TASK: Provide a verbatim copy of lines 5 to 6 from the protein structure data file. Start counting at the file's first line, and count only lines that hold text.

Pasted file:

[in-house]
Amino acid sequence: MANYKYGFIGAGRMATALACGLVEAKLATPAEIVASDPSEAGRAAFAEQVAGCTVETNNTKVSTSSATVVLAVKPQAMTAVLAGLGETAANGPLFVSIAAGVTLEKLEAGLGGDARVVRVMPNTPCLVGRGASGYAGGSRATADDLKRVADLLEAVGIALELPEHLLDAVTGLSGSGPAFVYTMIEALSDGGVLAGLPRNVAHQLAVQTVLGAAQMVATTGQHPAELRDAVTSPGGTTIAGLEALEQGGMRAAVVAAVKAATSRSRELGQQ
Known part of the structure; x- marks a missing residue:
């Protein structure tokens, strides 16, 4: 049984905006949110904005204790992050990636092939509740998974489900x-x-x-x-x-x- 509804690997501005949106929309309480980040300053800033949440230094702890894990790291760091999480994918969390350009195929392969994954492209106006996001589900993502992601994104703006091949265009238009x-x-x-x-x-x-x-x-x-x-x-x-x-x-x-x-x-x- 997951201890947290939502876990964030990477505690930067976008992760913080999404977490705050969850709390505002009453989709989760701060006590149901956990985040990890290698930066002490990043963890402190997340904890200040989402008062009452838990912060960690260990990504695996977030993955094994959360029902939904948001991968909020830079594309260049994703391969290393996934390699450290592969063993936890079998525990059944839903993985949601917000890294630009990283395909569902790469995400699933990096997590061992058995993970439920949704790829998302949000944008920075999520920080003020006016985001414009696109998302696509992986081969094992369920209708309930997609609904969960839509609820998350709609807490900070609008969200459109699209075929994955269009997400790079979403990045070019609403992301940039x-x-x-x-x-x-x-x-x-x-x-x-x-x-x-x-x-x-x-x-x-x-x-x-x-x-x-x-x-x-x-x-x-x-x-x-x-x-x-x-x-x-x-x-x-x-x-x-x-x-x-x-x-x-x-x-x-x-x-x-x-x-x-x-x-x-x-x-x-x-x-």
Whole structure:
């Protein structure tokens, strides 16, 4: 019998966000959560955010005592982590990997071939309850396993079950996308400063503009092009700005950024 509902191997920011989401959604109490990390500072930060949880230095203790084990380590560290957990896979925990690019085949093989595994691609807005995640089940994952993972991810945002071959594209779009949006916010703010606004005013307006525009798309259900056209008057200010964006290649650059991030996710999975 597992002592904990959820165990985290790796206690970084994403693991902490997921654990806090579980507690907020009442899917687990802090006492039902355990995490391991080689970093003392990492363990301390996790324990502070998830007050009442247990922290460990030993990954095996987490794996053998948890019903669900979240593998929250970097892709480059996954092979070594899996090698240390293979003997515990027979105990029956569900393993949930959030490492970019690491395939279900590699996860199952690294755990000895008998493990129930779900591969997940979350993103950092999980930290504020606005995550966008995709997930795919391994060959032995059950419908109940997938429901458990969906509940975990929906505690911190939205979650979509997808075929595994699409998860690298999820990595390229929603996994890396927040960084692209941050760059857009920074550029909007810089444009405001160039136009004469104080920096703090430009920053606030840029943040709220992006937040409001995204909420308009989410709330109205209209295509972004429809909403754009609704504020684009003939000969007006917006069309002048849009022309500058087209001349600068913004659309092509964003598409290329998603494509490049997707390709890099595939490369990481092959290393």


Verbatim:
Whole structure:
């Protein structure tokens, strides 16, 4: 019998966000959560955010005592982590990997071939309850396993079950996308400063503009092009700005950024 509902191997920011989401959604109490990390500072930060949880230095203790084990380590560290957990896979925990690019085949093989595994691609807005995640089940994952993972991810945002071959594209779009949006916010703010606004005013307006525009798309259900056209008057200010964006290649650059991030996710999975 597992002592904990959820165990985290790796206690970084994403693991902490997921654990806090579980507690907020009442899917687990802090006492039902355990995490391991080689970093003392990492363990301390996790324990502070998830007050009442247990922290460990030993990954095996987490794996053998948890019903669900979240593998929250970097892709480059996954092979070594899996090698240390293979003997515990027979105990029956569900393993949930959030490492970019690491395939279900590699996860199952690294755990000895008998493990129930779900591969997940979350993103950092999980930290504020606005995550966008995709997930795919391994060959032995059950419908109940997938429901458990969906509940975990929906505690911190939205979650979509997808075929595994699409998860690298999820990595390229929603996994890396927040960084692209941050760059857009920074550029909007810089444009405001160039136009004469104080920096703090430009920053606030840029943040709220992006937040409001995204909420308009989410709330109205209209295509972004429809909403754009609704504020684009003939000969007006917006069309002048849009022309500058087209001349600068913004659309092509964003598409290329998603494509490049997707390709890099595939490369990481092959290393």